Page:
Times, and our High Streets, are changing

Shift in Planning Policy Wales

22 December 2016

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Almost without fail, national and local policies have focused on protecting core shopping streets in town centres for A1 retail uses such as shops, butchers, hairdressers and funeral directors together with strict thresholds for non-A1 uses. But times, and our high streets, are changing. The latest edition of Planning Policy Wales shows a clear shift of emphasis by the Welsh Government, away from retail being the be-all and end-all of town and local centres, and a move towards a wider variety of uses including office, residential, leisure, tourism and community as well as the usual retail functions.

Huw Thomas, Director of Retail at Cooke & Arkwright comments, “There have been significant structural changes to our high streets over the past ten years or so. Beyond the more familiar tensions with out-of-town retail parks and high business rates, societal and technological drivers have seen us reaching for our phones to shop online and more frequently catching up with friends to test out the latest coffee shops and new restaurants. A vibrant, attractive high street that is full of vitality offering a variety of mixed uses remains the epitome of successful and future retail planning policy in Wales.”

Nathaniel Lichfield & Partners, with whom we have worked on a number of projects, has been monitoring changes to the planning policy. Associate Director Helen Ashby-Ridgway comments, “Edition 9 of Planning Policy Wales (PPW) was published in November 2016 alongside Technical Advice Note 4 (TAN4) that should be read alongside PPW. Without even opening the front cover, the title of TAN4 gives away the change in direction. The former publication ‘TAN4: Retailing and Town Centres’ has given way to the latest ‘TAN4: Retail and Commercial Development’. This is as a direct result of centres needing to adapt and transform themselves in order to compete in an increasingly diverse market.”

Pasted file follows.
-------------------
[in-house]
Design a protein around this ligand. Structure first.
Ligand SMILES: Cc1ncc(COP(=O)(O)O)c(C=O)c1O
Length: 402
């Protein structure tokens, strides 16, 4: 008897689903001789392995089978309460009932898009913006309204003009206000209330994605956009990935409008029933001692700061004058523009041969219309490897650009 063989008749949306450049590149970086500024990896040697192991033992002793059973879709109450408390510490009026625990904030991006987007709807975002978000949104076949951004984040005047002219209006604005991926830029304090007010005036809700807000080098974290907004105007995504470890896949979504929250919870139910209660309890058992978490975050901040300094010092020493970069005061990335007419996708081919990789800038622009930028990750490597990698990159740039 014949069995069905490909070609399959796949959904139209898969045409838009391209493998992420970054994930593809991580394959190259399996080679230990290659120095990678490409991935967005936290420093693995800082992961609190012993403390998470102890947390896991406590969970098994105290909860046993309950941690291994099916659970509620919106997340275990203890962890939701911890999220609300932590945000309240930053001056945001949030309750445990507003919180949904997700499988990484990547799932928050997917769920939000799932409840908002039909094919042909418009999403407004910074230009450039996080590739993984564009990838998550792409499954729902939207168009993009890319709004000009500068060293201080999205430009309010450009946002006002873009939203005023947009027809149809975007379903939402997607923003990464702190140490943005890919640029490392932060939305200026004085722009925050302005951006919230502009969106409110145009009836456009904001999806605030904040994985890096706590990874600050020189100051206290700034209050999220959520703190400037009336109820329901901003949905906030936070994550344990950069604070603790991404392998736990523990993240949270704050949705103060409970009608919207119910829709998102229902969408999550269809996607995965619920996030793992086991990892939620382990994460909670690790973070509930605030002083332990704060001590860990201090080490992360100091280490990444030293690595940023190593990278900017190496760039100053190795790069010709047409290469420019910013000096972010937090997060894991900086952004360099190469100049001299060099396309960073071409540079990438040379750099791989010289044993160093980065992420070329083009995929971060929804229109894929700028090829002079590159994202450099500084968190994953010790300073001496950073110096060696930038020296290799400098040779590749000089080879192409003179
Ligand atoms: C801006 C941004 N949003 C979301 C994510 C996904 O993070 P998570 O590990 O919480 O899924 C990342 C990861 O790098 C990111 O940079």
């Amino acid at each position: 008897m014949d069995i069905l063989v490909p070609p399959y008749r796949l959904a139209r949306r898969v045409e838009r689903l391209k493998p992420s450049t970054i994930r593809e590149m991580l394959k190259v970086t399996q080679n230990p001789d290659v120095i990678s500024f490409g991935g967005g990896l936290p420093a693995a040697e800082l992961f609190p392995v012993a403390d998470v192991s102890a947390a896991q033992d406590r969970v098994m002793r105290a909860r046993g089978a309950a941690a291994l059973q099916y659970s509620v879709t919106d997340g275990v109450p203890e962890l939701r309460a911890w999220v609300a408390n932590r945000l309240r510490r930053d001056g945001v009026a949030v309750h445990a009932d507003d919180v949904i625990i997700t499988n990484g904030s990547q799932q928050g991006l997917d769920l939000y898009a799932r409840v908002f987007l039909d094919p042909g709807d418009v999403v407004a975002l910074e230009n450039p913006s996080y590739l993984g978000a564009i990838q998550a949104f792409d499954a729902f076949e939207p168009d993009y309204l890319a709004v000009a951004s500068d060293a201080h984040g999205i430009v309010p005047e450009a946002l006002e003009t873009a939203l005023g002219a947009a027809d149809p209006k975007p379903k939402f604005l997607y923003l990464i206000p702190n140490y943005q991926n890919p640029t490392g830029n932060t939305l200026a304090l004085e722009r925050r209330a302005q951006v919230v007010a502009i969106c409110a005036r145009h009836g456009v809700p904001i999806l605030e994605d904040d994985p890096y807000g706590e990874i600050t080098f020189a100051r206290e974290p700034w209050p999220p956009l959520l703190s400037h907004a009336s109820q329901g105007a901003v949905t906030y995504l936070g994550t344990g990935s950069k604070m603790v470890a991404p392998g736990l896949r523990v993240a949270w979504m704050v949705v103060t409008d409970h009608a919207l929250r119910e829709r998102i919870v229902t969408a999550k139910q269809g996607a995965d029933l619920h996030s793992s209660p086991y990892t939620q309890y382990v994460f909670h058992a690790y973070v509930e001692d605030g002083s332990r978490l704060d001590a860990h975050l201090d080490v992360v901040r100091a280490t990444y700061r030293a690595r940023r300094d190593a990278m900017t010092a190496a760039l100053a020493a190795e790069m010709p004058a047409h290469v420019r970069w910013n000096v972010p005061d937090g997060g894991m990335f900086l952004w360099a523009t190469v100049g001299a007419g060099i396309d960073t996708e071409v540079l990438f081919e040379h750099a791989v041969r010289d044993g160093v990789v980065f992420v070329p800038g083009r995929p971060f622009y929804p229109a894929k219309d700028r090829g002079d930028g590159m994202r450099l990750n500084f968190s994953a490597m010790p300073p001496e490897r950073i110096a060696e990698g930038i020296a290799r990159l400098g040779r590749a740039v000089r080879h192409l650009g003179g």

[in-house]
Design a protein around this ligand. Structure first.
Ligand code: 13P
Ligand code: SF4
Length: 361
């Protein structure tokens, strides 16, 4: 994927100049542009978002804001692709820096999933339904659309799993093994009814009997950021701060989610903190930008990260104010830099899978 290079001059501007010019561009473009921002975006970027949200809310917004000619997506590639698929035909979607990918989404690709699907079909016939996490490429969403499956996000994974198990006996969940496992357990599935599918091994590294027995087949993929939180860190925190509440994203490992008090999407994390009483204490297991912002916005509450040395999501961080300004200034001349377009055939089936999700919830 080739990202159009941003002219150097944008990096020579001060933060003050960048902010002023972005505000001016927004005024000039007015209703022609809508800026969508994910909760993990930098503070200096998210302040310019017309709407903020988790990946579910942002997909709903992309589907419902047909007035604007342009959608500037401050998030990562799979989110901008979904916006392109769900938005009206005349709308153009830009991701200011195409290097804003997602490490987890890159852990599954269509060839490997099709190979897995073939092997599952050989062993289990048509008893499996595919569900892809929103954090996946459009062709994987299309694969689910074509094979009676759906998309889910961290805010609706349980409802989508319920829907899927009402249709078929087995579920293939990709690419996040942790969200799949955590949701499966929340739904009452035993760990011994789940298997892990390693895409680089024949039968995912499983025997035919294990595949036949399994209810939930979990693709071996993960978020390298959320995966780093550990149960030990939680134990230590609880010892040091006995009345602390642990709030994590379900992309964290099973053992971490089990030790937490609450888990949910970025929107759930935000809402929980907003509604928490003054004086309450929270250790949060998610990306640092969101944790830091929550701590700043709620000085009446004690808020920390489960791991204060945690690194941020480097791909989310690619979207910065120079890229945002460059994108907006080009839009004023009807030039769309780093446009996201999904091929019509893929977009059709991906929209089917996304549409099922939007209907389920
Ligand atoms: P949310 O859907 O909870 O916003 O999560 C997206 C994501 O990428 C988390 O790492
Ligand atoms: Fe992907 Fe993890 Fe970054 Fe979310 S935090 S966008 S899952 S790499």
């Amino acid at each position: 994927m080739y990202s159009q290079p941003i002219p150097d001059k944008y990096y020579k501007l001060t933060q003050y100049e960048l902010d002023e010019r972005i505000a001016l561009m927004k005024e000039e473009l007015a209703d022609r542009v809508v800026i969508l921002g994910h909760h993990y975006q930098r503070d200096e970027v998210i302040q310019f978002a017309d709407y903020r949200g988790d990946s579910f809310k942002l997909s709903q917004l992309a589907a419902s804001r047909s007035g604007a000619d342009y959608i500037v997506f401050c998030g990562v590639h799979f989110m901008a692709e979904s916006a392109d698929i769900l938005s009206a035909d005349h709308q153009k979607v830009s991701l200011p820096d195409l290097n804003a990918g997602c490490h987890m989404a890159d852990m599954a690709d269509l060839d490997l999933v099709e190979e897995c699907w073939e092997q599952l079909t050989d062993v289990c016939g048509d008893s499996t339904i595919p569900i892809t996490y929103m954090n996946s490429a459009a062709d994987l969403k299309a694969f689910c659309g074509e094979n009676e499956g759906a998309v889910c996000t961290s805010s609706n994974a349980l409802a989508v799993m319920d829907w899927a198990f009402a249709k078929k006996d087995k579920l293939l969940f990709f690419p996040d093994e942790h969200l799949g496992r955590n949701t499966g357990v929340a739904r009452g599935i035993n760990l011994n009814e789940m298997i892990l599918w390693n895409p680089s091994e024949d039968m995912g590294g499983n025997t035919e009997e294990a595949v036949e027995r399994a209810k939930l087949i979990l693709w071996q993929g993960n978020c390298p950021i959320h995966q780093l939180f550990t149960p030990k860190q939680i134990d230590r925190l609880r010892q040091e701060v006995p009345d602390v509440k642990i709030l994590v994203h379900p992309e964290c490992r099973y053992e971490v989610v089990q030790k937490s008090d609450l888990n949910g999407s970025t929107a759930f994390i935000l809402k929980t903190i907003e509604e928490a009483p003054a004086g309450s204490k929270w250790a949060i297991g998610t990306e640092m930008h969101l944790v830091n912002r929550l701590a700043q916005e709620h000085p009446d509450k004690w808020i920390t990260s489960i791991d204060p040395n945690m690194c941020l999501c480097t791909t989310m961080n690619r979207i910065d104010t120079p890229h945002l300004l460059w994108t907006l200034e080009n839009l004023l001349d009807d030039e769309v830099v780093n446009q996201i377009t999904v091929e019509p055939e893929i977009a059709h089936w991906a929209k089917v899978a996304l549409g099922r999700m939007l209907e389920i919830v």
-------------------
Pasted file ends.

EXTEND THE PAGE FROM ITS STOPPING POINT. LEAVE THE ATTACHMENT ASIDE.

But do the details reflect the wrapper?

The latest edition of PPW continues to highlight that A1 uses underpin retailing and commercial centres but recognises that it is only one of the factors contributing towards their vibrancy. Edition 8 of PPW already encouraged local planning authorities (LPAs) to allow a diversity of uses in their centres but Edition 9 helpfully lists acceptable uses. These include use class A2 (professional and financial services), use class A3 (food and drink), offices, hotels, use class D1 (educational and other non-residential establishments) and use class D2 (leisure) as well as certain other ‘sui generis’ uses such as laundrettes and theatres.

Through Edition 9, the Welsh Government is now encouraging LPAs to adopt local policies that can deal flexibly with changing retail pressures, ‘particularly where centres are not performing well’. Helen Ashby-Ridgway notes that, “While the changes present a good opportunity for our high streets to innovate they do not spell a carte blanche for operators and landlords. Nevertheless the new national policies are likely to have a positive effect on our most challenged high streets and will allow centres to respond to local markets and local community needs.”

Further changes to retail policies are also set out within PPW and TAN4, and Cooke & Arkwright and Nathaniel Lichfield & Partners would be pleased to discuss the implications of these on your individual projects. 

Cooke & Arkwright have looked after our property assets in South Wales for many years. Their knowledge of the South Wales market coupled with enthusiasm and willingness to go the extra mile has ensured we keep ahead of the market.

James Rodge, Rockspring